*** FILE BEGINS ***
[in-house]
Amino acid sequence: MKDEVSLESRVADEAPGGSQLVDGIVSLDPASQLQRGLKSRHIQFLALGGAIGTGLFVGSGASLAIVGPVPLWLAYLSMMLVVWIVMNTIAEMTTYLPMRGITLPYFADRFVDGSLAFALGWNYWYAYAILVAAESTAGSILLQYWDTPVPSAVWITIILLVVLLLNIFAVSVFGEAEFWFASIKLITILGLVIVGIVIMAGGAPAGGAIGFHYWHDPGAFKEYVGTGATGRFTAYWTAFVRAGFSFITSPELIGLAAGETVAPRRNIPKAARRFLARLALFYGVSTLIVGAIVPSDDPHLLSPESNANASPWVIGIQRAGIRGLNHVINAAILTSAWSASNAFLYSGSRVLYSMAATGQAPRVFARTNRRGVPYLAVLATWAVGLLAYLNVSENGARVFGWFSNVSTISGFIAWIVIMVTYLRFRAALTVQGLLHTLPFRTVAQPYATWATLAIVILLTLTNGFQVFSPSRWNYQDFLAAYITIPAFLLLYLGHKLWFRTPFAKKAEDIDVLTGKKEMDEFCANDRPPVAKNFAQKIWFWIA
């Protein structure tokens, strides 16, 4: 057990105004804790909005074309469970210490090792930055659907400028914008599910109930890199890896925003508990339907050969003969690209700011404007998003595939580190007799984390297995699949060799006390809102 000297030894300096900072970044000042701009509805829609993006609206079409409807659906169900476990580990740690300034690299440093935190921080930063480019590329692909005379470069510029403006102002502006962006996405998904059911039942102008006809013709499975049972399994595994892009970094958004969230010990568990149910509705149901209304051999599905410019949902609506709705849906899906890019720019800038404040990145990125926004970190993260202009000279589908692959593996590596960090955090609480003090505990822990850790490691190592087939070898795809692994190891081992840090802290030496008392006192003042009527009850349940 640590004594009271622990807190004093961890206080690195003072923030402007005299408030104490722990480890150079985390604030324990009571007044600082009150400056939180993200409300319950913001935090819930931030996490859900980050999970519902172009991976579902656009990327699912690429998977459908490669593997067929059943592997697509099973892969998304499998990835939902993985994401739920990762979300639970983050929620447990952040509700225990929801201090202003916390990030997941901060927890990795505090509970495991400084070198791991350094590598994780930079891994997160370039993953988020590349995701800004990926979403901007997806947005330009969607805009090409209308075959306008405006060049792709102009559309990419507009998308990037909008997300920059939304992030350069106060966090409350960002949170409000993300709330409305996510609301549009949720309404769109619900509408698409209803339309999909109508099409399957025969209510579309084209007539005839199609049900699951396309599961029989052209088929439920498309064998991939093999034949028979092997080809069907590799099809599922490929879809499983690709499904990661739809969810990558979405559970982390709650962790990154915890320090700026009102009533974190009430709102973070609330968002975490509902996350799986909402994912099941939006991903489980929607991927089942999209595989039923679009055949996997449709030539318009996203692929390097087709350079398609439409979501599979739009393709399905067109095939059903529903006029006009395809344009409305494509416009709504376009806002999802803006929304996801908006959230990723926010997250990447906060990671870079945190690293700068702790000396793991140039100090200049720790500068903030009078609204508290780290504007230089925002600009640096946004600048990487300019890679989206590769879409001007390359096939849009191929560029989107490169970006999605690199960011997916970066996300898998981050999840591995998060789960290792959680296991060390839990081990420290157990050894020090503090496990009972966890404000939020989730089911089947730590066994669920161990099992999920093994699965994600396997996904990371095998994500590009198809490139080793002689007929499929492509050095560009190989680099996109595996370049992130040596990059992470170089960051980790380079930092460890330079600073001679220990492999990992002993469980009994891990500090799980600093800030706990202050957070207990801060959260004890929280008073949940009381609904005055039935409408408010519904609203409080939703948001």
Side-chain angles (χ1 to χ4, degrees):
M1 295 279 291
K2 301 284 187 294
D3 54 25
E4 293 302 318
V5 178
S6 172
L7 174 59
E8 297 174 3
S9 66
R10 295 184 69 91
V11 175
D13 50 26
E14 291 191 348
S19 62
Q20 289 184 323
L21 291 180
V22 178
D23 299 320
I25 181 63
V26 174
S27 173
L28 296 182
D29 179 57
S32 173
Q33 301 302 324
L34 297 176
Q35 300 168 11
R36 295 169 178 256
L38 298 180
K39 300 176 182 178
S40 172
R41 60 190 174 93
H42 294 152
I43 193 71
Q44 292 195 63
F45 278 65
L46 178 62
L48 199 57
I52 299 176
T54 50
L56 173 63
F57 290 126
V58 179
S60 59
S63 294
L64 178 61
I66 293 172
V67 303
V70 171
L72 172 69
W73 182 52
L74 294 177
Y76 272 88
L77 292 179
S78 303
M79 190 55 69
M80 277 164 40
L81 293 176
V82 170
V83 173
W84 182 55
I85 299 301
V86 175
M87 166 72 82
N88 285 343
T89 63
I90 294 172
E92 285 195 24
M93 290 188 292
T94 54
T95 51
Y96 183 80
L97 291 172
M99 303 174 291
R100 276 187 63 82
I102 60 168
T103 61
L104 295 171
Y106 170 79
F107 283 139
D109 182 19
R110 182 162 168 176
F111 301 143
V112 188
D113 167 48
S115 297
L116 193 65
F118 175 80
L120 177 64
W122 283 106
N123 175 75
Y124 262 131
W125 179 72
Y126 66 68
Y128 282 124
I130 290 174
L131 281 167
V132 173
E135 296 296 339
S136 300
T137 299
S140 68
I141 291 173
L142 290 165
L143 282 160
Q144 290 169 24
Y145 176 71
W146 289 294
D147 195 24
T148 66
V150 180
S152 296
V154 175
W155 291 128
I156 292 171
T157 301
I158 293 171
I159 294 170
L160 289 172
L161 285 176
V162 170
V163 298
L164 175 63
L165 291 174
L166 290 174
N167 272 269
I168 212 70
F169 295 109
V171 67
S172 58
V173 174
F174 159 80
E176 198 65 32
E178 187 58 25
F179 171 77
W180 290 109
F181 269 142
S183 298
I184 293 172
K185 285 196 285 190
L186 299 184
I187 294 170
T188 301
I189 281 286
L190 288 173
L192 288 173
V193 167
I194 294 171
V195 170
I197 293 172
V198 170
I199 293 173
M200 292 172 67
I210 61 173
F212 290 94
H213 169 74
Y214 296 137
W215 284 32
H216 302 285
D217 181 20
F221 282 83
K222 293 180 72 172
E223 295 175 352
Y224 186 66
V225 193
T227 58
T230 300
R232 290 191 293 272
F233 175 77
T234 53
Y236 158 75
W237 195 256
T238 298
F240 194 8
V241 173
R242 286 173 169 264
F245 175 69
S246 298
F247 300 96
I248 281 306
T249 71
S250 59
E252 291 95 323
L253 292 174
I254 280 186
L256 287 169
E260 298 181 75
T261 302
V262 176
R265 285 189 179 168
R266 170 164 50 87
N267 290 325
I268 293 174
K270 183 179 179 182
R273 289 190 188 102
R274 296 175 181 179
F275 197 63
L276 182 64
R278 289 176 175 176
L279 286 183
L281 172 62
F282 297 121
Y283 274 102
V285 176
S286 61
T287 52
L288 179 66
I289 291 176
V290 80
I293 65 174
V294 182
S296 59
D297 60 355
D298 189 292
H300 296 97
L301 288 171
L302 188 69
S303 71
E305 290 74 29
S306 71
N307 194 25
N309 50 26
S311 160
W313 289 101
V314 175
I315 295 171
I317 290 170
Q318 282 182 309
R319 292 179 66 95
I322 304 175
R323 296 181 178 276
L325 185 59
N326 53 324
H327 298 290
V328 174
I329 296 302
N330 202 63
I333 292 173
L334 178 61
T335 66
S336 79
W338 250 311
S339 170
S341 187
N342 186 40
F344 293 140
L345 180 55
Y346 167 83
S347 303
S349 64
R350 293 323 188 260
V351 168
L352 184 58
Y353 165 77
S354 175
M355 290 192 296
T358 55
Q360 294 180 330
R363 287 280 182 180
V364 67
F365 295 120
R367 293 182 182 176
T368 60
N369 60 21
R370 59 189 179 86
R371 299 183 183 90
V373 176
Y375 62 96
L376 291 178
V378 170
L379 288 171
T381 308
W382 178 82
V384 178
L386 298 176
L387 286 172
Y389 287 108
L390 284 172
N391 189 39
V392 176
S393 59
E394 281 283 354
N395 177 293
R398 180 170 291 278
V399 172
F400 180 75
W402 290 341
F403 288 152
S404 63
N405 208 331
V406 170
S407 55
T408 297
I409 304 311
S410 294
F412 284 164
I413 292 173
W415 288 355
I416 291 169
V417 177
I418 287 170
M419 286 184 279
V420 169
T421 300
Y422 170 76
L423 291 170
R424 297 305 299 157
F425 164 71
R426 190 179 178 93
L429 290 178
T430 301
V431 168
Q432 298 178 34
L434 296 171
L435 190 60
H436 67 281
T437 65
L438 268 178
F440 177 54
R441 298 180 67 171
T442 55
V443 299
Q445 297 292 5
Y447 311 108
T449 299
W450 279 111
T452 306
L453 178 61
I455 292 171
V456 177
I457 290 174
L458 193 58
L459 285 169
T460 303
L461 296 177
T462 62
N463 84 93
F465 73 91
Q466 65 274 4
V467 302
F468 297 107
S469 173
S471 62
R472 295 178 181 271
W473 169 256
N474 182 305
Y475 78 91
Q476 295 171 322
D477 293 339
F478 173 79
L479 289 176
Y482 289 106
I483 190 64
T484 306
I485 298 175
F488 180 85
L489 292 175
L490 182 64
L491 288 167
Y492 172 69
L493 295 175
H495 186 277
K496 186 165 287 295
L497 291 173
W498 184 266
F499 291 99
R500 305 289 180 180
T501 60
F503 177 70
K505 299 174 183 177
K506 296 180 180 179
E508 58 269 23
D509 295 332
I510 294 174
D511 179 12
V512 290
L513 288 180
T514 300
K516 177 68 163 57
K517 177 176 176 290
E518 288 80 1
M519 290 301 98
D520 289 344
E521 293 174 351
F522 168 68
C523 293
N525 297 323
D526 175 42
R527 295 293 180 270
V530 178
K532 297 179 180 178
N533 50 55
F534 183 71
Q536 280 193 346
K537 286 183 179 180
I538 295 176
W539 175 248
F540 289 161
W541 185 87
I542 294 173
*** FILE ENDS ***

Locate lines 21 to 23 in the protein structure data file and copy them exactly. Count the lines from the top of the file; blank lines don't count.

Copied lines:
V22 178
D23 299 320
I25 181 63